Also, be sure to visit our new Climate Change blog, written by Dr. Ricky Rood of the University of Michigan.

References
Holland, M.M., C.M. Bitz, B. Tremblay, 2006 "Future abrupt reductions in the summer Arctic sea ice", Geophysical Research Letters, 33, L23503, December 2006.

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56. V26R
10:38 PM GMT on February 23, 2007
Great, Hopefully that will help the spring flowers down your way
Member Since: July 20, 2006 Posts: 0 Comments: 1762
55. mrpuertorico
9:58 PM GMT on February 23, 2007
yes we had some rain during the week and now things seem to be a little more moist the days of not a cloud in the sky have stopped for the last 5 days
Member Since: July 10, 2006 Posts: 1 Comments: 833
54. V26R
9:46 PM GMT on February 23, 2007
Hey MrPR Get any Rain yet???
Member Since: July 20, 2006 Posts: 0 Comments: 1762
53. mrpuertorico
9:22 PM GMT on February 23, 2007
so you had a shaker pottery i felt one the other day to
Member Since: July 10, 2006 Posts: 1 Comments: 833
52. Fshhead
9:14 PM GMT on February 23, 2007
Member Since: November 19, 2005 Posts: 9 Comments: 9960
51. Fshhead
9:13 PM GMT on February 23, 2007
Posted By: Fshhead at 6:56 AM GMT on February 23, 2007.

Federal support for solar energy is at a critical turning point - and we need your help. With the newly introduced "Securing America's Energy Independence Act", we have our biggest opportunity yet to jumpstart solar energy in this country.

The bill does what it says. The bi-partisan legislation (introduced in the House as H.R. 550 and the Senate as S. 590 ) would make America's energy future a lot brighter by making solar energy more affordable across the country. In many states, solar would be cheaper than buying electricity from the grid.

The bill extends the 30% federal investment tax credit (currently set to expire at the end of 2008) for another 8 years, modifies the distributed photovoltaics incentive to $1500 per half-kW of capacity and removes the $2000 residential cap.

This is a huge opportunity. The federal government must support the long term development of the solar industry in order to bring solar energy into the mainstream, and this bill will do just that.

Solar energy has the potential to provide much of the electricity our country needs. Temporary financial incentives are necessary to build economies of scale - and extending the tax credits over a longer period gives the solar industry the market certainty necessary to make long-term investments.

The plan is to get as many co-sponsors to sign onto the bill as possible. Energy is a top-level concern for Americans, and politicians are ready to stand in favor of clean energy more than ever. Bills with legs, as demonstrated by the number of co-sponsors, are much more likely to get the tap to move forward and have a chance at passage.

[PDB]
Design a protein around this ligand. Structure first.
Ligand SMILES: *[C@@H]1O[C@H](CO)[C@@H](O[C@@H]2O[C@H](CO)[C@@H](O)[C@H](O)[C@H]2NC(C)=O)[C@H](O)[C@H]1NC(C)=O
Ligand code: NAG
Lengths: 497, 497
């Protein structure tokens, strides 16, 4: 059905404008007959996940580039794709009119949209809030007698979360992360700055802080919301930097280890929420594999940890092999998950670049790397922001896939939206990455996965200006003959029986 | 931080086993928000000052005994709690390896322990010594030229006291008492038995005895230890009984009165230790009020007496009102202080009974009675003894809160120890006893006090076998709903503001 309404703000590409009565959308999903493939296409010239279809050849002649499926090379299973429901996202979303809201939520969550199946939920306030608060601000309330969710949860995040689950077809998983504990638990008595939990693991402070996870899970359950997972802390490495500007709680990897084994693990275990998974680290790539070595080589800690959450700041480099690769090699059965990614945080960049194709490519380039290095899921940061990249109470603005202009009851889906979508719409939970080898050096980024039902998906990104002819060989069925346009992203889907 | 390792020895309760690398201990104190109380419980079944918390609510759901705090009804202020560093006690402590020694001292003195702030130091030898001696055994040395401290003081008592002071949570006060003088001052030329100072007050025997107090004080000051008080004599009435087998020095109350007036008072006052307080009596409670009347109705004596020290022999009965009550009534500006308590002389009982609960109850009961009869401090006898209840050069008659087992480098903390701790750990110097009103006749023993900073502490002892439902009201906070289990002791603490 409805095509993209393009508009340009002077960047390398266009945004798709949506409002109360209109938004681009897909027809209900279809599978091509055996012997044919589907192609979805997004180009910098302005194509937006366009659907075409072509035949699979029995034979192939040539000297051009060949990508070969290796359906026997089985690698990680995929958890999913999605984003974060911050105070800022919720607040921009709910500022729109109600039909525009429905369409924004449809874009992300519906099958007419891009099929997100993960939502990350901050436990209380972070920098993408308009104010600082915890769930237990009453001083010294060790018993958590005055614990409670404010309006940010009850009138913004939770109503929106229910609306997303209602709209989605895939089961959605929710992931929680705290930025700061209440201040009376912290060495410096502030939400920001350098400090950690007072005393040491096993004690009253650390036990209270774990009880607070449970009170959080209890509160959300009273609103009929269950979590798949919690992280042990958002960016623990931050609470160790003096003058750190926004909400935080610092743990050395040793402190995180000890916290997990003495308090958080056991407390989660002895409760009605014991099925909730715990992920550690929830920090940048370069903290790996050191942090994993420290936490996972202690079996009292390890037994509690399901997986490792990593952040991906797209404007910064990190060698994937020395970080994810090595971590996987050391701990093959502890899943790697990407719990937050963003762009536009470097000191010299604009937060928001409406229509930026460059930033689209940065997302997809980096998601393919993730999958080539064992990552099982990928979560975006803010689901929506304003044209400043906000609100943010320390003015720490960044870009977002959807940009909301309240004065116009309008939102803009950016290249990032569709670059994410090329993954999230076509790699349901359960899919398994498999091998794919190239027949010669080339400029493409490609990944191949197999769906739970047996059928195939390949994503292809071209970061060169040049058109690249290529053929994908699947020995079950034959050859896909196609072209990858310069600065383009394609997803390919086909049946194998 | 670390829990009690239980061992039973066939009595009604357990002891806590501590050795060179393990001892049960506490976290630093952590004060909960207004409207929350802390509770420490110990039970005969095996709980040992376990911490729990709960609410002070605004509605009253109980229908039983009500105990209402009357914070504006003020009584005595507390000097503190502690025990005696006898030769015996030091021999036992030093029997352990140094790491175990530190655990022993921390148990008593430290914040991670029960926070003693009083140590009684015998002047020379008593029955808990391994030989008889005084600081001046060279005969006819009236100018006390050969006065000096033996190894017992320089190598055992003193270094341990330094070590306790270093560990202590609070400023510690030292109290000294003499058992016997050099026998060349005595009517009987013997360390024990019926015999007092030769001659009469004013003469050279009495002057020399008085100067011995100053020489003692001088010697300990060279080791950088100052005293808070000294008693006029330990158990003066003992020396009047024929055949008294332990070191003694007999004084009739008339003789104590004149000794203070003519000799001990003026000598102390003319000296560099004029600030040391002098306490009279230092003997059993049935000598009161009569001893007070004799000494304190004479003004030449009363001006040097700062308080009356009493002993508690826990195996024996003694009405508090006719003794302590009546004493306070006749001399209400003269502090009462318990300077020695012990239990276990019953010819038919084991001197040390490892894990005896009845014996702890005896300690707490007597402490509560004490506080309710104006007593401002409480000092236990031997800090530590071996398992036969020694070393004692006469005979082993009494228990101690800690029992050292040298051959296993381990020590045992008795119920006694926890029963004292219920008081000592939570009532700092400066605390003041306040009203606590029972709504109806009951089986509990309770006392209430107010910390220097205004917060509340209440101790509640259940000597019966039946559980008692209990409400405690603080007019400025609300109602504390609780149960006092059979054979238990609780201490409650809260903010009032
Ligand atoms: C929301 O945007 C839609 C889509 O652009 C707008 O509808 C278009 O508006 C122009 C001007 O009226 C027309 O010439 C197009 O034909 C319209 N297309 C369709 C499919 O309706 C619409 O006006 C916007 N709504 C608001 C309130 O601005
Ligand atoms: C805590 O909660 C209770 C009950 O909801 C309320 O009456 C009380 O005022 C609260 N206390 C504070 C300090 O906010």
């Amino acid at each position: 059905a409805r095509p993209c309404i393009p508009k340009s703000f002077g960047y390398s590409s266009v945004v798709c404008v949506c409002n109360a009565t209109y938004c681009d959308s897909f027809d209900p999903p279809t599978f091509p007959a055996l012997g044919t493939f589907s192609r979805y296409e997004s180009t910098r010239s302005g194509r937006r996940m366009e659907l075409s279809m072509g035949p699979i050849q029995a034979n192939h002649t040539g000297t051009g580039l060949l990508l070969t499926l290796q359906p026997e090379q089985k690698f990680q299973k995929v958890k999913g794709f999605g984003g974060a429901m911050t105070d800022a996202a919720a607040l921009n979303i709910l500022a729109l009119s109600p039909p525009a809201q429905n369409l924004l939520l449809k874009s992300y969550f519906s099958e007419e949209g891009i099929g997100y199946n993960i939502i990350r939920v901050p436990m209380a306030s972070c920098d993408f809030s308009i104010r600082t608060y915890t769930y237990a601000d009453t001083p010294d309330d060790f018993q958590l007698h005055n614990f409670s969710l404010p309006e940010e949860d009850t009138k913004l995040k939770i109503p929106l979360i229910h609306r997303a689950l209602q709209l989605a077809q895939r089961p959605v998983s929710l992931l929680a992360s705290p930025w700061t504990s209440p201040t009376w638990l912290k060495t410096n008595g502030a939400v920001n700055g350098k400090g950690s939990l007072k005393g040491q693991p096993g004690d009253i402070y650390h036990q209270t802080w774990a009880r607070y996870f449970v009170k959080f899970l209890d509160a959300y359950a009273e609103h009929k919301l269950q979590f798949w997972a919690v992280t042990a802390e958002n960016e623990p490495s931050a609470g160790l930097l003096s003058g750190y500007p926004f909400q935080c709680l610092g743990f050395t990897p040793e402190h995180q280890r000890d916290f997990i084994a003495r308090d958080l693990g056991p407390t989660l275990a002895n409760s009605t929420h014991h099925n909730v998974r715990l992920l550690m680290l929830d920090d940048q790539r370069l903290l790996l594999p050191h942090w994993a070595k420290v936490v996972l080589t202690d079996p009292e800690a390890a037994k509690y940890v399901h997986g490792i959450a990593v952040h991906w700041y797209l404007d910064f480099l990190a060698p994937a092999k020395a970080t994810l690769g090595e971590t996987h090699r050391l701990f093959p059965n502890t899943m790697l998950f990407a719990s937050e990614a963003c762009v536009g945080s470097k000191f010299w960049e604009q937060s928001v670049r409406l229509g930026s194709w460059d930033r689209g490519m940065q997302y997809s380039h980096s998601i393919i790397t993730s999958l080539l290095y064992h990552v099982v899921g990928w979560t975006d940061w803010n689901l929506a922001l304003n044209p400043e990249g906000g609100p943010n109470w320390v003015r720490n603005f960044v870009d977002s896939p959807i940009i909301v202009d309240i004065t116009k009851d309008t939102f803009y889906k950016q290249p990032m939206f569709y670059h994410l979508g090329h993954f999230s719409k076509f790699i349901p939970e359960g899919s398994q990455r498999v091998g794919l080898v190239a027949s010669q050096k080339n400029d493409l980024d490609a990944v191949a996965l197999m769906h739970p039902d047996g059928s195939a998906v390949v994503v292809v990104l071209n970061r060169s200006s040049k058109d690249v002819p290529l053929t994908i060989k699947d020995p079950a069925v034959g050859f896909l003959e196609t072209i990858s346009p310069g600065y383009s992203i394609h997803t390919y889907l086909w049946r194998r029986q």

The time for action is now. Use the link below to send an email to your representatives, asking them to co-sponsor and support this bill

LowerCal, just got an e-mail on that very subject from Solar Nation....
I encourage everyone to take a few minutes & fill this out. It has to start with us forcing change by letting your opinion be heard. I have said it before here, we are at a HUGE fork in the road here. Which path are we going to choose for future generations?? I am sure by now most of you know my view on this lol.

Like I have said it CAN be done!!!!! The time is now!!!!!!!!!!
Link
Member Since: November 19, 2005 Posts: 9 Comments: 9960
50. pottery
4:33 PM AST on February 23, 2007
Hi Skye, if you are there. yeah, we are fine after the quake this am. But I tell you, its a real nasty feeling to have things start moving around and jumping up and down. This area has been more active in the past few months, than in the past. This is the third 5 or over in a little while. Kind of makes me wonder................

Also, glad to hear its going to be Big Oil, not Tourism.
When we talk about how we affect the planet through global warming ( still in dispute ??), we need to factor in things like this. The warming ( in this instance ) is going to result in major environmental destruction,by oil exploration. Maybe time for a meteor the size of Minesota to save us all for true..
Member Since: October 24, 2005 Posts: 0 Comments: 24799
49. hurricane23
15:19 EST le 23 février 2007
Good afternoon,

Gamade is looking spectacular on infrared imagery as the eye is clearly becoming better defined on satelitte imagery futher intensification is very likely.


Member Since: May 14, 2006 Posts: 8 Comments: 13841
48. bdkennedy1